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Cloquet Council approves middle school apartments

The most controversial agenda item at the Tuesday, July 17, Cloquet City Council meeting was the proposed 57-apartments planned for the former middle school building.

A public hearing on the project was held at the Cloquet Planning Commission meeting last week. The Commission recommended unanimously that the Council approve a change to the land-use portion of the comprehensive plan and rezoning from public/semi-public to moderate-to-high-density residential.

The commission already approved two variance requests last week to to allow a density of 23.17 units per acre in the R3 zone instead of 20 units per acre and permitting another variance to allow parking to back out onto a city street.

Roers Companies owner Brian Roers spoke to the Council on Tuesday about who they are.

"We're not from out east, we didn't have a trust fund," he said of himself and his brother, who own the company. "We're real people."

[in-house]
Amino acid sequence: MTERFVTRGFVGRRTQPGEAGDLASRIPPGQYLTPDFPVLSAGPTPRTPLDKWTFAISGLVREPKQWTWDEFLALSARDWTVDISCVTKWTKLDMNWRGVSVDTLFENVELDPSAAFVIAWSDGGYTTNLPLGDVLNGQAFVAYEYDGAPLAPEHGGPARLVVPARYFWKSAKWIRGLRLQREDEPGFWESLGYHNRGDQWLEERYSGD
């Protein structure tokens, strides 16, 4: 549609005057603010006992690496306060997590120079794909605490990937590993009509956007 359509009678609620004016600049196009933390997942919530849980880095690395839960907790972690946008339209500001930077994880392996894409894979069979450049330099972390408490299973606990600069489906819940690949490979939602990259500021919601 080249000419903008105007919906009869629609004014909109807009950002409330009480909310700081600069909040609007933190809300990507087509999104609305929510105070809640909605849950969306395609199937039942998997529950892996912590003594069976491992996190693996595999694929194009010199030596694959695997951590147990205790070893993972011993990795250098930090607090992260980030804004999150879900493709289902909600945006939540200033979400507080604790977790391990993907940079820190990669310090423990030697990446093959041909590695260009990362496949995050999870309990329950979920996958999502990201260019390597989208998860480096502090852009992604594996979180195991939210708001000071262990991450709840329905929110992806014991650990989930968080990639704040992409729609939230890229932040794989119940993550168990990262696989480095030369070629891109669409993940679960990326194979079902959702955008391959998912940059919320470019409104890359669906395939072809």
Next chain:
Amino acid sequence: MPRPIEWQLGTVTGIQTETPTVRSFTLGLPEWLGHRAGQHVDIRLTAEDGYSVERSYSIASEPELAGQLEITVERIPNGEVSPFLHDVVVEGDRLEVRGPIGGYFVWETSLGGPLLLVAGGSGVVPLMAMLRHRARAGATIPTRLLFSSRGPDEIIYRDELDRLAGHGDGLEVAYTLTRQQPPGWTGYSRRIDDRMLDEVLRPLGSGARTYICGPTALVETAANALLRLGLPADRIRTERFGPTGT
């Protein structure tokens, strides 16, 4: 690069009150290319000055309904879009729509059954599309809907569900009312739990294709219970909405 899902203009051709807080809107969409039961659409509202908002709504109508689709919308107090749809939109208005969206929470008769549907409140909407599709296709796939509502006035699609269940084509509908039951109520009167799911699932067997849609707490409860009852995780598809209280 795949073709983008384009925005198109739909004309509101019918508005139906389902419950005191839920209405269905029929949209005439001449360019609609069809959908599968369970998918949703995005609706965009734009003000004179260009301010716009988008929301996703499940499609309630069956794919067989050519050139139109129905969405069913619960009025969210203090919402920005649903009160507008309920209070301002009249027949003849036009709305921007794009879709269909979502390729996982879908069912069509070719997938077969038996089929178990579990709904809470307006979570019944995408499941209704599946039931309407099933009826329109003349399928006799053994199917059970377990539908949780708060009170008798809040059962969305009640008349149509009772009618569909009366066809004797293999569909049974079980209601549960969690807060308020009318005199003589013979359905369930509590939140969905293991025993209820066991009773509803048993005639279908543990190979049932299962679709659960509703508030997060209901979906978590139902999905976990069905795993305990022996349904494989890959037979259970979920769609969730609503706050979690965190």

He explained that Roers likes to work in outstate Minnesota, in towns of a similar size to Marshall, where they grew up. Although they've done more than $500 million in development, including three other schools, they are into the Cloquet project for the long term, he said.

The motion to change the comprehensive plan needed a supermajority of five votes to pass, and did, with Ward 3 Councilor Roger Maki and Ward 4 Councilor Kerry Kolodge opposed.

During the public comment portion of the meeting, neighbor and Ward 3 Council candidate Richard Colsen expressed his displeasure that the council didn't demand at least a playground on the property, and predicted a rough road ahead for neighbors in terms of parking overflow.

Ward 1 Councilor Rock responded, noting that the council has to take other considerations in mind when voting, like the dire need for affordable housing in the city.

As proposed, the project will include a mix of 45 workforce and 12 market-rate apartments. Paul Keenan, vice president of development at Roers Companies, explained that "workforce" housing basically offers a discount of $200-$300 to tenants who are working, but who may be stressed financially because of lower wages or increased costs.

The Council will not be required to approve the final site plan for the middle school apartments as long as it falls within city code requirements, now that the variance requests passed, City Planner and Zoning Administrator Al Cottingham said.